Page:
Driving to Delusionville

Obama's former auto czar is in deep denial about the government's failed bailout


The former Obama auto czar, Ron Bloom, was on Capitol Hill last week telling Congress what a grand bargain the auto bailout has turned out to be for taxpayers. (His testimony should be on the Syfy channel.) But much was missing from his story that he might have heard if he had hung around for the next panel. (Full disclosure: I was on it.)

The story that Bloom told, and that President Obama is making the signature theme of his re-election campaign, goes like this: If the administration hadn't infused $80 billion into GM and Chrysler, the companies would have hemorrhaged to death. Financial markets, themselves in panic mode, would not have given them the funds necessary to restructure through Chapter 11 bankruptcies and stay in business. Hence, they would have had to shut their factories, sell their assets for scrap and liquidate. And this would have bankrupted auto parts suppliers, shut down dealerships, laid off 1 million workers—whose pension and unemployment benefits taxpayers would have had to foot—and devastated entire communities. GM and Chrysler may never repay taxpayers in full. But any loss is less than the cost of this economic Armageddon.

This narrative would make for a great horror movie. But any resemblance to real world events is purely coincidental.

For starters, many experts suspect that at least GM could have obtained private bankruptcy financing if it had presented a credible restructuring plan addressing the cause of its malaise: the uncompetitive costs of its unionized work force. If it couldn't, then the government could have offered guarantees to private lenders for the amounts they loaned, which likely would have been smaller than the bailout.

But the administration took matters in its own hands, using taxpayer dollars to commandeer the bankruptcy process to protect key constituencies, while giving short shrift to others. It gave Chrysler's secured creditors, who would have had priority in a normal bankruptcy, 29 cents on the dollar. Chrysler's unions, on the other hand, got more than 40 cents, even though they are equivalent to low-priority lenders. This made a mockery of longstanding bankruptcy law, something that will make credit markets wary of lending to political sacred cows in the future.

The administration favored union workers not only over creditors, but also other workers. All United Auto Workers retirees at Delphi, GM's auto supplier, got 100 percent of their pension and retirement benefits. But 21,000 nonunion, salaried employees lost up to 70 percent of their pensions, and all of their life and health insurance. The Treasury could have covered 93 percent of the benefits of all employees for the same funds it spent on full union benefits, testified Bruce Gump, a representative of the Delphi Salaried Retirees Association.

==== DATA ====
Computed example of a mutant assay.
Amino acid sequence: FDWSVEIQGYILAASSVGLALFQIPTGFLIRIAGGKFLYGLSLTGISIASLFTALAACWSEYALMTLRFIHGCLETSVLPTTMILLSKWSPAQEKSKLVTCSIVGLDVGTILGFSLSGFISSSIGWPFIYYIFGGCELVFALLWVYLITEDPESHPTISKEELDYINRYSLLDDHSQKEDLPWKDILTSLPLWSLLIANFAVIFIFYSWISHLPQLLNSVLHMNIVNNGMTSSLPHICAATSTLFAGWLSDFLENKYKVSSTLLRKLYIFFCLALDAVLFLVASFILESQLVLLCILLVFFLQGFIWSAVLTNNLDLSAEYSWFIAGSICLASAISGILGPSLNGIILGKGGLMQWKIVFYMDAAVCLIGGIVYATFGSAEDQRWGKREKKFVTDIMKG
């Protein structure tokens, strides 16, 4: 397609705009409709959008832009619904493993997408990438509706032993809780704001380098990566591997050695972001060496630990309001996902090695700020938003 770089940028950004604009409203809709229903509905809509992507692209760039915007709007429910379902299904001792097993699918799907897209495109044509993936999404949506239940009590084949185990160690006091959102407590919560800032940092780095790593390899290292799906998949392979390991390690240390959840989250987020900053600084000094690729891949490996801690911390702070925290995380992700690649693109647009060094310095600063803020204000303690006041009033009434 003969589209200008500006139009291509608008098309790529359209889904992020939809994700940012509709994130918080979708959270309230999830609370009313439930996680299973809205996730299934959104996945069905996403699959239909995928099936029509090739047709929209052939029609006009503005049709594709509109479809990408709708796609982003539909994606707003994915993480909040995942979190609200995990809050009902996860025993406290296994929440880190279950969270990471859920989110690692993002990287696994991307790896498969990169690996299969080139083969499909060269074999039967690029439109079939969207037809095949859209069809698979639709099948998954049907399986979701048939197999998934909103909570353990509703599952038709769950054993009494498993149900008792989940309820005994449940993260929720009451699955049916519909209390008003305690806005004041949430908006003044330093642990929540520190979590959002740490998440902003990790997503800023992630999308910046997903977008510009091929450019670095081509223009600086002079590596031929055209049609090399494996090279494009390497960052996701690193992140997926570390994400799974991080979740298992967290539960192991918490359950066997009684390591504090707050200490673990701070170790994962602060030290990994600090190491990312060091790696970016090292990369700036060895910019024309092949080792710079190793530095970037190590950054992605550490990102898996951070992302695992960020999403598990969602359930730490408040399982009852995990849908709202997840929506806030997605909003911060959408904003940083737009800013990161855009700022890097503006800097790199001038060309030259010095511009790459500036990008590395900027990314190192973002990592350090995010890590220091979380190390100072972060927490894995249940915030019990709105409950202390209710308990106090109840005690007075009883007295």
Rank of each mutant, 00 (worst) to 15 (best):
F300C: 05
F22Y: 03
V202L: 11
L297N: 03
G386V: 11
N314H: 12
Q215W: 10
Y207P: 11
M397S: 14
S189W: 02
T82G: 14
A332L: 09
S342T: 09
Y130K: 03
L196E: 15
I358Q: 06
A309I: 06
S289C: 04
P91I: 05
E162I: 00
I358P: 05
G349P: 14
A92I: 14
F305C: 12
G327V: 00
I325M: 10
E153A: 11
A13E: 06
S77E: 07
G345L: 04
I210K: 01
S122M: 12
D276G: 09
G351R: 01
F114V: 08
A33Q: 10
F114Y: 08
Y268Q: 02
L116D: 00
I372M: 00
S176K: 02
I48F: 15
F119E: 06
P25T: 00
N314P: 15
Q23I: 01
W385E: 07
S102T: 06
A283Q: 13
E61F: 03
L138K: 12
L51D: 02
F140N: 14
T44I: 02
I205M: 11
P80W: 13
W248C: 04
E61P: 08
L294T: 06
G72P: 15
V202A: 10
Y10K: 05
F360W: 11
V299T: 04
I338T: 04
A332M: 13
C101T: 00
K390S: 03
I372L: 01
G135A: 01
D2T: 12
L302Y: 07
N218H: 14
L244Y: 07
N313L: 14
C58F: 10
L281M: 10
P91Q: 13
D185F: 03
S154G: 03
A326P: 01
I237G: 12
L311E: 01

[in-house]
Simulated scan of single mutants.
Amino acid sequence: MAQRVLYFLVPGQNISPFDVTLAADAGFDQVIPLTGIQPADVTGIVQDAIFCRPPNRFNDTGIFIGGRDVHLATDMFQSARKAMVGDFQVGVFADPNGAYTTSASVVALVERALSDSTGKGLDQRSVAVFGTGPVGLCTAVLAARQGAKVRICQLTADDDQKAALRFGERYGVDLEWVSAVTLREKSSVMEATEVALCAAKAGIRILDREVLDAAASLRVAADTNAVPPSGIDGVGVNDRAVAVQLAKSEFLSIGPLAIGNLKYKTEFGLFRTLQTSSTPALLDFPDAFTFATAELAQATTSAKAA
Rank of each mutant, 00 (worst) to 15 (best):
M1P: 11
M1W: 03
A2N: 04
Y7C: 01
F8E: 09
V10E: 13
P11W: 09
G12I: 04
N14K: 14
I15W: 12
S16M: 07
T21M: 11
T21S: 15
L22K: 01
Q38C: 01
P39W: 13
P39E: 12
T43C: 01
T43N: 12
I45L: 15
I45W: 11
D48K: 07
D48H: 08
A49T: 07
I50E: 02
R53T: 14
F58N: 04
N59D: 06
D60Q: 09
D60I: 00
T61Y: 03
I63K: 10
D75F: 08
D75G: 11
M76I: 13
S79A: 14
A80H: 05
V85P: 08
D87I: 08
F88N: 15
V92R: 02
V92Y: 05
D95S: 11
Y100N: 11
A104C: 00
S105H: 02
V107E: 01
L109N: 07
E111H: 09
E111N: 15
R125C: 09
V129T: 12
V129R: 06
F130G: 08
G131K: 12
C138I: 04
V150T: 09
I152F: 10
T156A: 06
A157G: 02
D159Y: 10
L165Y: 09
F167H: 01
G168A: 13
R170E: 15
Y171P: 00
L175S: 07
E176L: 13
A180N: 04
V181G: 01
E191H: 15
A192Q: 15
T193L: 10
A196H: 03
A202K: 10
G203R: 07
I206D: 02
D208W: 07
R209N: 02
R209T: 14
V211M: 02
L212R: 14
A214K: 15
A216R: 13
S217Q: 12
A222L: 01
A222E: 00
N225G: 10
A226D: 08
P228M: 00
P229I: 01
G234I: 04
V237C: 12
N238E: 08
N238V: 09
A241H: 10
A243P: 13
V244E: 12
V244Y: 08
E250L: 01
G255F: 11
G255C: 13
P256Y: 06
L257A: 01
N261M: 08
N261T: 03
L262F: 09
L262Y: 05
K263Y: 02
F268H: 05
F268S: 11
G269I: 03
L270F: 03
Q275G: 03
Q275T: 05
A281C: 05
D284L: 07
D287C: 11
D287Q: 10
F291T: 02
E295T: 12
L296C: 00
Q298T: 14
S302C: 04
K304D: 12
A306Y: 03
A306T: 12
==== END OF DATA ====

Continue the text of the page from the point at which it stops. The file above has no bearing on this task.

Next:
Even for GM and Chrysler, the bailout constitutes a missed opportunity, not a second chance. They didn't get nearly the kind of relief from labor costs that they would have in a normal bankruptcy. Not only are they on the hook for most of their legacy costs, they still pay union workers $58 per hour including benefits. This wouldn't be so bad if Toyota, whose costs are $56 per hour, were setting the industry's cost curve. But that's no longer the case. Hyundai and Kia, with $40-an-hour costs, do that. The bailout prepared GM and Chrysler to compete with the industry leaders of yesterday, not tomorrow.

Absent the bailout, these companies would have survived, but they would have looked very different. They might have merged into one, pooling resources and slashing excess capacity from the industry. Alternatively, entrepreneurs might have purchased their more viable brands and run them as independent companies, breaking up the industry's big vertically-integrated players into myriad smaller ones. Either way, the labor and capital squeezed out from the industry would have been more productively deployed elsewhere. History offers examples: A bankruptcy-triggered reorganization of the steel industry three decades ago led to an 18 percent increase in employment in the plastic industry, which replaced steel for some uses. The auto bailout has entrenched the status quo, strangling new possibilities.

Worse, it has unleashed a systemic moral hazard. GM had accrued $70 billion in losses in the two years before the bailout and debt 24 times its market capitalization. By contrast, Ford had eliminated money-losing brands and mortgaged all its assets—including its logo, the Blue Oval—raising funds to weather the economic downturn. By bailing out GM, the administration rewarded its recklessness and penalized Ford's prudence. Every company that feels it is too big to fail, or is a national icon or major regional employer, will wonder whether it makes more business sense to save for a rainy day or simply hold out for taxpayer assistance. And just as the Wall Street bailout became a justification for the auto bailout, the auto bailout will become a justification for the bailout of future reckless players.

The administration is casting GM as an Atlas-like figure carrying the economy on its shoulders. In fact, the real Atlases are the taxpayers and creditors carrying GM—and they got screwed by the bailout.

Shikha Dalmia is a senior policy analyst at Reason Foundation and a columnist at The Daily. This article originally appeared at The Daily.